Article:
Clearly I don’t want to tank the economy by people being unable to work. I want it to be a choice, but it really demonstrates that we will get there by hook or by crook. This government is so cruel and at the same time so stupid that they can’t even do economic growth right. Having said that, I don’t think that it is entirely down to Long Covid. There must be quite a few people like me who refused to go back to work during covid and subsequently checked out of the economy; and those numbers will keep increasing. Especially now with the cost of living crisis that the government of course chooses not to solve. I can imagine young people renting flats giving up on that to return home, and possibly cutting back their work hours too, if not quitting entirely. Why work your arse off in a system when you never get rewarded for it anyway?

To sum up, I fully support all climate protests, but we need to get smart and use the establishment’s precious economy against them. And you can see that it’s going to work. Even just this “worrying” jobs report has the government and terrified, and that’s of their own making. It wouldn’t take much concerted action at all for them to feel more pressure than they’ve ever felt from every climate march or protest in history, combined. They don’t care if you go and protest, as long as you still drive a car and go flying off on holiday. If we refuse to work and stop spending money, they will be panicking almost immediately; along with the bankers, investors and economists. We all saw what a house of cards neoliberal capitalism is during the first covid lockdowns. It won’t take much for it to all come crashing down, to be replaced by something that actually works for all of us, and the rest of life on Earth.

Zero Covid works

Zero Covid works

A couple of days ago, the WHO called out China for their Zero Covid strategy that is causing such huge societal problems in Shanghai, and to some extent Beijing. But what is Zero Covid? The Zero Covid strategy is….. fighting the pandemic. That’s it. Remember at the beginning of the pandemic in the UK and around the world. We had full lockdowns, we had 30 minutes of outdoor exercise time per day, we wore masks everywhere, and it was wildly successful in reducing cases and deaths. Far more successful than anything we’ve done since the vaccines came along.

Zero Covid in Shanghai has not been as effective this time, but you have to imagine that frustration at being the only country still taking Covid seriously with these kinds of measures is playing a big role. Western governments have inflicted their stupidity on the Chinese people, and are trying to use the anger of the locked down citizens to pressure the Chinese government into dropping Zero Covid and letting the virus run free, with devastating consequences. And the western media are eating it up. Even the WHO have now been brainwashed into advocating for ending covid measures and putting endless economic growth above public health.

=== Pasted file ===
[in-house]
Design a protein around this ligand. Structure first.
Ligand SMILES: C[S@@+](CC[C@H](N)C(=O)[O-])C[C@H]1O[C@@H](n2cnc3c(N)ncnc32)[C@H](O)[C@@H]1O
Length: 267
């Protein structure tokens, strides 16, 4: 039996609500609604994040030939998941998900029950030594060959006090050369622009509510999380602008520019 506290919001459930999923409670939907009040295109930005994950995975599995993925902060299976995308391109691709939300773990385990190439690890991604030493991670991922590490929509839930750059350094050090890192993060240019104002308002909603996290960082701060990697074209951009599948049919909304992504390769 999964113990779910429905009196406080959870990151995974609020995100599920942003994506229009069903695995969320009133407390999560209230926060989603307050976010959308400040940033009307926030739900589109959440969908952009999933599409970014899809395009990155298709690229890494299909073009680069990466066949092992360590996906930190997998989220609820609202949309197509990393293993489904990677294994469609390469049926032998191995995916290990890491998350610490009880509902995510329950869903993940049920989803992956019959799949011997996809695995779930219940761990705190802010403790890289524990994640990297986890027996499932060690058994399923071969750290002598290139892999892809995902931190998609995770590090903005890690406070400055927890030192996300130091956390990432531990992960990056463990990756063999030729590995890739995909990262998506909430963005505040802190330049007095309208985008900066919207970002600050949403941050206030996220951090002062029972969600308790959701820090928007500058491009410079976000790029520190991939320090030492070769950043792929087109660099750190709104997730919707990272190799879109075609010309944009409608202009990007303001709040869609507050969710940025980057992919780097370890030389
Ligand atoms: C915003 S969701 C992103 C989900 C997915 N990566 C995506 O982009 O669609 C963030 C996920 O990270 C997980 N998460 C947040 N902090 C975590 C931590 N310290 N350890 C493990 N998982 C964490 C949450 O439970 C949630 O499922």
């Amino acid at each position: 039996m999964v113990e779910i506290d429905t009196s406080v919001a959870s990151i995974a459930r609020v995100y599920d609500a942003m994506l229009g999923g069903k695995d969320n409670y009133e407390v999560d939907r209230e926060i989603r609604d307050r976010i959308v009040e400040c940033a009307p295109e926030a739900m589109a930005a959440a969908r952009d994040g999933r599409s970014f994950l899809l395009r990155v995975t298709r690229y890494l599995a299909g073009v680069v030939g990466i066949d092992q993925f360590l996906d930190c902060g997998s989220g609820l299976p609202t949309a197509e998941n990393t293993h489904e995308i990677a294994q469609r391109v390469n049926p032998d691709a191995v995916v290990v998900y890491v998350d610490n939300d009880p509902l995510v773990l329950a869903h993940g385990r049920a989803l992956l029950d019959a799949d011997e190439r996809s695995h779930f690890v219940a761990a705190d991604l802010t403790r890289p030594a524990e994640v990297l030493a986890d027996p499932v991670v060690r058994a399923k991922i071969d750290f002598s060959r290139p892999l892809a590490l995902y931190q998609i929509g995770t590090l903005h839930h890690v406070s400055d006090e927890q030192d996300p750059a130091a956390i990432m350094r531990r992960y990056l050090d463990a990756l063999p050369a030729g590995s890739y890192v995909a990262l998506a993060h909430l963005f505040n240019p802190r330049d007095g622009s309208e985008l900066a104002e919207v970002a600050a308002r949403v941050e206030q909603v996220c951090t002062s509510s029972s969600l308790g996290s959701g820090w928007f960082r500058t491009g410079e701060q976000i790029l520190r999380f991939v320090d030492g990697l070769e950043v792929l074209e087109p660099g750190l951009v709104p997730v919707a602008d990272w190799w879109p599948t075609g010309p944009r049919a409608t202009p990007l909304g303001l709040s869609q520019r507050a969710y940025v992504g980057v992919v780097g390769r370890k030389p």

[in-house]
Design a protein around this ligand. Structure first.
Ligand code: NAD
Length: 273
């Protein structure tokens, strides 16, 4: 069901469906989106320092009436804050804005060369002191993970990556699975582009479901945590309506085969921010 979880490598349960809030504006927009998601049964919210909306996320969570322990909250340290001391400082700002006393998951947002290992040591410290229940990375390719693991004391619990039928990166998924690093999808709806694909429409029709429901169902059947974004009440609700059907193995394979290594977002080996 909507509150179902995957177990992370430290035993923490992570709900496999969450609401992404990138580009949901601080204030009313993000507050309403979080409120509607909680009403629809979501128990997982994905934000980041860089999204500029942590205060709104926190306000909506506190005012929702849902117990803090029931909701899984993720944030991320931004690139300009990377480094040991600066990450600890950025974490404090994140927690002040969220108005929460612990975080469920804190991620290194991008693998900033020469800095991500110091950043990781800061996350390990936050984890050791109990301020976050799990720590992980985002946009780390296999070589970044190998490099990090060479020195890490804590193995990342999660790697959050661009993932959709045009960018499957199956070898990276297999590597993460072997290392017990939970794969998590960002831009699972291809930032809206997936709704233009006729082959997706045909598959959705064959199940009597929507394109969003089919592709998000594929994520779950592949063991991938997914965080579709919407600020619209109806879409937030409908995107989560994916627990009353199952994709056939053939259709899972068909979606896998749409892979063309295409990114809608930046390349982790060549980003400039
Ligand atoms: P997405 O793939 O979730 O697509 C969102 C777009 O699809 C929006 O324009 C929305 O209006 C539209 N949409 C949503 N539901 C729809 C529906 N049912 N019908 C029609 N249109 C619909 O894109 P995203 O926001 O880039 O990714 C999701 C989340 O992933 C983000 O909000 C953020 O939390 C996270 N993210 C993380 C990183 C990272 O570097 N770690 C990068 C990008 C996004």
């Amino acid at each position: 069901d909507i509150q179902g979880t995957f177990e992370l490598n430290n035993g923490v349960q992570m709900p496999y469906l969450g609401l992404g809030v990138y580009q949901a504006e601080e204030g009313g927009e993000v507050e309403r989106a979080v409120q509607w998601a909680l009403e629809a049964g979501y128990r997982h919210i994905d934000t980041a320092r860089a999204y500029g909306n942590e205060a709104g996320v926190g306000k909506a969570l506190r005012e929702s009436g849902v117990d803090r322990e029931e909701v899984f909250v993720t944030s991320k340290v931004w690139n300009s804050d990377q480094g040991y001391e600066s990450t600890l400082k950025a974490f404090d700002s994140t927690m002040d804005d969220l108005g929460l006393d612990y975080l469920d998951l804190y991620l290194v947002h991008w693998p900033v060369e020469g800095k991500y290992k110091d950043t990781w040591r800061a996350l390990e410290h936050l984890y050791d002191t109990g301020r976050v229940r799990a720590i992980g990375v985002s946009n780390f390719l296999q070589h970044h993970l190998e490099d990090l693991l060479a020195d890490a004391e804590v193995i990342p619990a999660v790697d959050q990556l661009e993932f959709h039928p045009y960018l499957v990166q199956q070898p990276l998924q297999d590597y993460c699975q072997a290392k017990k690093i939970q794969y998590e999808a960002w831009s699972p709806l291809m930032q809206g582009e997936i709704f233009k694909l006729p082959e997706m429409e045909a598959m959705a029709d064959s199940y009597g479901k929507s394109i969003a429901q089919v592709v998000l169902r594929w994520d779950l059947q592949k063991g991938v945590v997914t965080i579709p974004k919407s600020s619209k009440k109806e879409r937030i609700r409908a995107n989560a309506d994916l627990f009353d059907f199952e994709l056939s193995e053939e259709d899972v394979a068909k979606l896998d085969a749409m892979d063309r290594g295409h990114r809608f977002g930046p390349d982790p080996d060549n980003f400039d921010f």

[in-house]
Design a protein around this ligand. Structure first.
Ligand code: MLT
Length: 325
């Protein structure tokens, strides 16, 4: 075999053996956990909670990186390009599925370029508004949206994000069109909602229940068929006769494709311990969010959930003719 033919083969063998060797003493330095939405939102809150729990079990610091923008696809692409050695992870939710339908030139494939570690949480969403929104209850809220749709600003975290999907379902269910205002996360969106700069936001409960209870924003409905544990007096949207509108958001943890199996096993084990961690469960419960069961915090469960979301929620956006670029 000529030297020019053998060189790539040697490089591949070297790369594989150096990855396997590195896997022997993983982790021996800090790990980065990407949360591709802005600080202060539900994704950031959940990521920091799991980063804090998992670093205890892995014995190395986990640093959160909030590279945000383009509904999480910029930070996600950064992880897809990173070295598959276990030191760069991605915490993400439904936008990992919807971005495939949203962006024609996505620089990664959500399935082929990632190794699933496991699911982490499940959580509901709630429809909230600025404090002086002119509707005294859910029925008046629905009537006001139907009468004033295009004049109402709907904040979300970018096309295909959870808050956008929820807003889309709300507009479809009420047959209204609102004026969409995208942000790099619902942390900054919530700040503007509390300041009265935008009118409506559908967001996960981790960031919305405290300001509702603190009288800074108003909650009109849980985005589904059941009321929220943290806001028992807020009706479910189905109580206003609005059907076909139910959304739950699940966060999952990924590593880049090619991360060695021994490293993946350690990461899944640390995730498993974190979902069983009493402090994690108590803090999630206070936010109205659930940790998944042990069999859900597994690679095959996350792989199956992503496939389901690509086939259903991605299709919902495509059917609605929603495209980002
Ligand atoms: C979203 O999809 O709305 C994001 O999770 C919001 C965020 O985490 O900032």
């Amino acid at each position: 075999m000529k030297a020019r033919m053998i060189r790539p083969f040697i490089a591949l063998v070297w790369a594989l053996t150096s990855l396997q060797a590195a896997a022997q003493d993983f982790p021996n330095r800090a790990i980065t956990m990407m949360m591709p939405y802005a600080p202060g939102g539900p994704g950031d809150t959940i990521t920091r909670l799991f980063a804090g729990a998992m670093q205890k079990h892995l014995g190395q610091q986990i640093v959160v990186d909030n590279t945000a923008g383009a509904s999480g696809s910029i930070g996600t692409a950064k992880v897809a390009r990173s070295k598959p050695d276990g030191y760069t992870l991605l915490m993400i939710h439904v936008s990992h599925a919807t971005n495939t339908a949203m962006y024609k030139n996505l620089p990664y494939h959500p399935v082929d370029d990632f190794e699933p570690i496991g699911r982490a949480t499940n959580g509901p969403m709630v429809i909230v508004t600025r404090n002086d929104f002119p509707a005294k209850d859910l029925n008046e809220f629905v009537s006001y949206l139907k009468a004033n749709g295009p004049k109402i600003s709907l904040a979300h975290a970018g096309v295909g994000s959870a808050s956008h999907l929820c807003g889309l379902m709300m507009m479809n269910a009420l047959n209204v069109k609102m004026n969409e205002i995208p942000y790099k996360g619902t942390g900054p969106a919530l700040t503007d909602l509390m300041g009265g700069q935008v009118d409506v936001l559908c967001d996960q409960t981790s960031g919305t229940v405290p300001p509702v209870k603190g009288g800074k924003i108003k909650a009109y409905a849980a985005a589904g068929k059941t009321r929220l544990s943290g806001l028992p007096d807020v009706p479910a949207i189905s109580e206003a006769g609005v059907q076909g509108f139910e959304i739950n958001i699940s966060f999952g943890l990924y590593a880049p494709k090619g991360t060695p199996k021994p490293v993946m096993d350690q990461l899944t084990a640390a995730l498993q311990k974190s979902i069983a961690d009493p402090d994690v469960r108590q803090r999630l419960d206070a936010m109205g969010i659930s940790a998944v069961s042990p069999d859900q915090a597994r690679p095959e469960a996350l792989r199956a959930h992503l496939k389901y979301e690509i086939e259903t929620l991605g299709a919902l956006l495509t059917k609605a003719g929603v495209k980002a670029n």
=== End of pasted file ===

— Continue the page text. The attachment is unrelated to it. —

One of the big talking points in western news is that China isn’t vaccinated properly. Their own vaccine isn’t as effective as the western vaccines, and a lot of the population hasn’t been vaccinated at all. But, funnily enough, they tend not to mention that China has been more successful in suppressing the virus and protecting its citizens (and the economy) than the rest of the world has been with highly effective vaccines. Practically everywhere outside of China, countries have brought in vaccines and then given up on other measures, and it hasn’t worked. But rather than accepting their mistake, they’re hell bent on forcing China to go down the same path.

I really hope China continues to resist the pressure and stick with Zero Covid, because it’s clearly the best strategy for both public health and the economy (not that I care about protecting this economy). I think they will, but the western media will not give in either. In the west, we’re so stupid now that the only evidence that could maybe prove to people that Zero Covid works would be for them to drop it and then see the resulting massive wave of cases, long covid and deaths. It’s never enough to show what would or could happen based on what we know. People need to see the disaster before they believe it.

The only thing I would change would be to allow people who haven’t tested positive that crucial 30 minutes or so of outdoor exercise time per day no matter where they’re located. To not allow people to leave home at all is what’s really made this situation newsworthy, and given ammunition to the western governments who only care about the health of the destructive fossil fuelled economy.